Putin’s war reminds us why liberal democracy is worth fighting for

Russia’s totally unprovoked, unjustifiable and immoral invasion of Ukraine would seem to mark the end of an era – one that began with the fall of the Berlin Wall in 1989. In this post-Cold War era , Western ideas about politics, economics, and culture spread across the world largely unchallenged, and American power supported the international system. It was not a time of tranquility — think of the wars in Yugoslavia and the Middle East. But it was a time when American power and liberal democracy seemed to triumph, and the international system seemed to work more cooperatively than at any time in history.

Pax Americana began to decline for many reasons, including the rise of countries like China and India, disasters in Iraq and Afghanistan, and financial and democratic crises in the West. But the most disruptive force was the return of an imperial Russia, determined to recreate a sphere of influence in which it could dominate its neighbors. For the past decade, President Vladimir Putin’s Russia has been the world’s great geopolitical disruptor, actively trying to unravel the rules-based international system.

Farid Zakaria Washington Post

For many commentators, the current crisis is proof that this system has collapsed and that the democratic era was only a brief fantasy. David Brooks writes that “history returns to barbarism”. Robert Kagan said that “the jungle” grows back. But is this kind of pessimism justified? I have more hope that in today’s terrible news lurks powerful positive forces.

After all, what caused this crisis in the first place? It’s very simple: the overwhelming desire of Ukrainians to live in an open and democratic society. Let’s not forget what infuriated Putin and led him to invade Ukraine for the first time in 2014. It wasn’t a Ukrainian statement asking for NATO membership; it was the efforts of the kyiv government (a pro-Russian government at the time) to finalize an “association agreement” with the European Union. When Ukraine’s president finally balked at the deal – under pressure from Russia – he was met with massive street protests and parliament removed him from office. This is what triggered Putin’s first invasion of Ukraine.

Ukraine was not alone in choosing a pro-Western path. Over the past three decades, most of the countries that were part of the Soviet bloc have chosen one by one to become more open, liberal, democratic and capitalist. None are perfect – some far from it – but from the Baltic States to Bulgaria, from large countries like Poland to smaller ones like Moldova, most have embraced some version of democratic politics and open market economy . There has been a setback in countries like Hungary and Poland. But broadly speaking, the movement of these countries towards Western values ​​since 1989 is surely an affirmation of the vitality of the liberal democratic project.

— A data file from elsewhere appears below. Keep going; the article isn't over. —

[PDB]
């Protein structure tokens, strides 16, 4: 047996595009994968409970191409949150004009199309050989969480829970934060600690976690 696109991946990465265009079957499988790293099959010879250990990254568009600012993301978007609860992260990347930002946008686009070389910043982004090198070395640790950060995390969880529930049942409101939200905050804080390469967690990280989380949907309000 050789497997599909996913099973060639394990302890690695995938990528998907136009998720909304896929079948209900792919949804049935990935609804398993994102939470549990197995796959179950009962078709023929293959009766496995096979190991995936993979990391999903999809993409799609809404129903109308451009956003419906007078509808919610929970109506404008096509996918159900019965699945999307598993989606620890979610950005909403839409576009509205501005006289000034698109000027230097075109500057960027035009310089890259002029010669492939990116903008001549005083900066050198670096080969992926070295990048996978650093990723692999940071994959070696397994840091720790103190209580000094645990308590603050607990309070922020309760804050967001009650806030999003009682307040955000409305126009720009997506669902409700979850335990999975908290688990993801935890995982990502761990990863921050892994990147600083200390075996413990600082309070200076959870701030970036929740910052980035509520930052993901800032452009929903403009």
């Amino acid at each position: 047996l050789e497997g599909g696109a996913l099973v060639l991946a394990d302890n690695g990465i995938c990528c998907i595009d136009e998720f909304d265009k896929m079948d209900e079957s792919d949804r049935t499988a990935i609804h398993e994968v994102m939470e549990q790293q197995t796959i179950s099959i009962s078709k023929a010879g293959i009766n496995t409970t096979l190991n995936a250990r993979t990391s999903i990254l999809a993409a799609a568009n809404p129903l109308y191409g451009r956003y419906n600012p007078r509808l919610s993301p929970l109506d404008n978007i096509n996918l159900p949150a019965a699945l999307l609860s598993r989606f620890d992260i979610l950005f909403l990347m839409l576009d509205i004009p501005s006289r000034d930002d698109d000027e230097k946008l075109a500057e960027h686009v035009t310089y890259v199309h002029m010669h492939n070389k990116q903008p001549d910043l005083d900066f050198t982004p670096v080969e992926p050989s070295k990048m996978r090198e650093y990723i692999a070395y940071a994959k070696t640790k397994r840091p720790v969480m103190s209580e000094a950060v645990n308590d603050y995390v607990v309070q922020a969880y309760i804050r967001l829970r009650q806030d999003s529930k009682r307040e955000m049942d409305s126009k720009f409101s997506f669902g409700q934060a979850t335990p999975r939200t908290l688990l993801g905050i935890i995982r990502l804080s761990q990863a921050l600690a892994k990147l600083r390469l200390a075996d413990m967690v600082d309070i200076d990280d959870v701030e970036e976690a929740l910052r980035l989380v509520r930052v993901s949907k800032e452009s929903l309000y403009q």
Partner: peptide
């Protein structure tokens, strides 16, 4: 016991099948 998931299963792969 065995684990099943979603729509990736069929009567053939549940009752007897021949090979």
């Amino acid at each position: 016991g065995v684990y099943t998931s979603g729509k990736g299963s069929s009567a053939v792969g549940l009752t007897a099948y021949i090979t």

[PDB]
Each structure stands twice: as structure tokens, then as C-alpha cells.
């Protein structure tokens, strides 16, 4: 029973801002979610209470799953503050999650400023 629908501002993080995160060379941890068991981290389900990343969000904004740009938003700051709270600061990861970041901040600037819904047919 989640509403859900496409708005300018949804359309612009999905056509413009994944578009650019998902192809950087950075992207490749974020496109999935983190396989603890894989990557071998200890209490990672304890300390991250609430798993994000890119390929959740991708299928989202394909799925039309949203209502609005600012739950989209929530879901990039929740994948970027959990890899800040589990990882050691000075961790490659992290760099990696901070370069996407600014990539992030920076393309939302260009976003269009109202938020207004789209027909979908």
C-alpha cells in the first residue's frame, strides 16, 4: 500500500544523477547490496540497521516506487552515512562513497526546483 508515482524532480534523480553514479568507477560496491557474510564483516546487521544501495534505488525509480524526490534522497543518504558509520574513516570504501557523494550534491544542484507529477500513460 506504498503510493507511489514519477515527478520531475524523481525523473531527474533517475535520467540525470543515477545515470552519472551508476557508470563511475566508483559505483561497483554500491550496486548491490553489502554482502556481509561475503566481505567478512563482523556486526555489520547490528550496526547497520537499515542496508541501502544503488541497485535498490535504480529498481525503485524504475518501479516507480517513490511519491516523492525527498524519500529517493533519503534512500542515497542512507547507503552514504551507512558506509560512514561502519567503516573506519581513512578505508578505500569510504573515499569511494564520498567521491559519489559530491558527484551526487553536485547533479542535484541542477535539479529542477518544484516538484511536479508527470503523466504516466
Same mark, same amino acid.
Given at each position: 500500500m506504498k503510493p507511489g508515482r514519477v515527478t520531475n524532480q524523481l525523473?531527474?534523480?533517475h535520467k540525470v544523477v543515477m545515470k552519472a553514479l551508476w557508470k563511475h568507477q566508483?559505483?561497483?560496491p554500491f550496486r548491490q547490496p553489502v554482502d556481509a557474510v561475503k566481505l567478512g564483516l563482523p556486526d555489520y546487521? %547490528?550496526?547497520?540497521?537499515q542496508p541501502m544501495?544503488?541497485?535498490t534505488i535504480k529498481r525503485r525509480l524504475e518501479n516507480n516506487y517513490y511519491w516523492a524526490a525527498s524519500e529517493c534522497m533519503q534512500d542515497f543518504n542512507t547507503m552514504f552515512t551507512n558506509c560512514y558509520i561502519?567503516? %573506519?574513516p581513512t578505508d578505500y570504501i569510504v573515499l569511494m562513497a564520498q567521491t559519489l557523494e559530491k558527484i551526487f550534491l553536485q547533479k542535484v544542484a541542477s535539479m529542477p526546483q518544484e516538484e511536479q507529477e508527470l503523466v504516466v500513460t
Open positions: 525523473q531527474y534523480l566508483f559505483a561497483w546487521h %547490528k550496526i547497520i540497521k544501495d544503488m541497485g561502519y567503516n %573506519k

Putin’s reaction is a bloody and brutal effort to stem this tide of democratization. He watched in horror as the movement swept across Ukraine, Georgia and, even in 2020, Belarus, which saw the largest pro-democracy protests in that country’s short history. They were savagely suppressed, with the help of Russia, and now Putin has one more country he can only control through fear and force.

As for the liberal international order, it has more defenders than one might imagine. The most eloquent statement in support came this week at the UN Security Council, not from any of the Western powers in the room, but rather from Kenya’s ambassador to the UN, Martin Kimani. He said almost all African countries have deeply flawed borders. They were drawn to colonial powers, often dividing ethnic and linguistic groups. But, he pointed out, African leaders had decided to live with their imperfect borders because to challenge them would have been to invite an endless series of wars and insurgencies. Instead, these countries chose to honor international law and the United Nations system. Kimani said, “Rather than form nations that always looked back in history with dangerous nostalgia, we chose to look forward to a greatness that none of our many nations and peoples had ever known. “

Far from Europe, what is the crux of the problem between China and Taiwan? It is the fact that the people of Taiwan want to live in an open, free and liberal society, and they fear that their way of life will be stifled by a communist dictatorship.

I do not want to minimize the problems facing democracy and liberalism. Almost 25 years ago, I noted with concern the rise of “illiberal democracy” and highlighted in particular the wrong turn that Russia (among other countries) was taking. I have seen the erosion of the liberal democratic values ​​I hold dear in my native India, and in the country of which I am a proud immigrant, the United States.

But what the backlash shows is that liberal democracy and the rules-based international order must be defended – vigorously, even aggressively. With the voices of nationalism and populism so strong, it seems that liberal values ​​are reluctant to defend them shamelessly. To those who dwell on the problems of liberal democracy rather than its promises, I say, “Let them go to Ukraine. The people of Ukraine show us that these values ​​- of an open society and a free world – can be worth fighting for and even worth dying for.
The question for all of us is: what will we do to help them?

Fareed Zakaria’s email address is [email protected]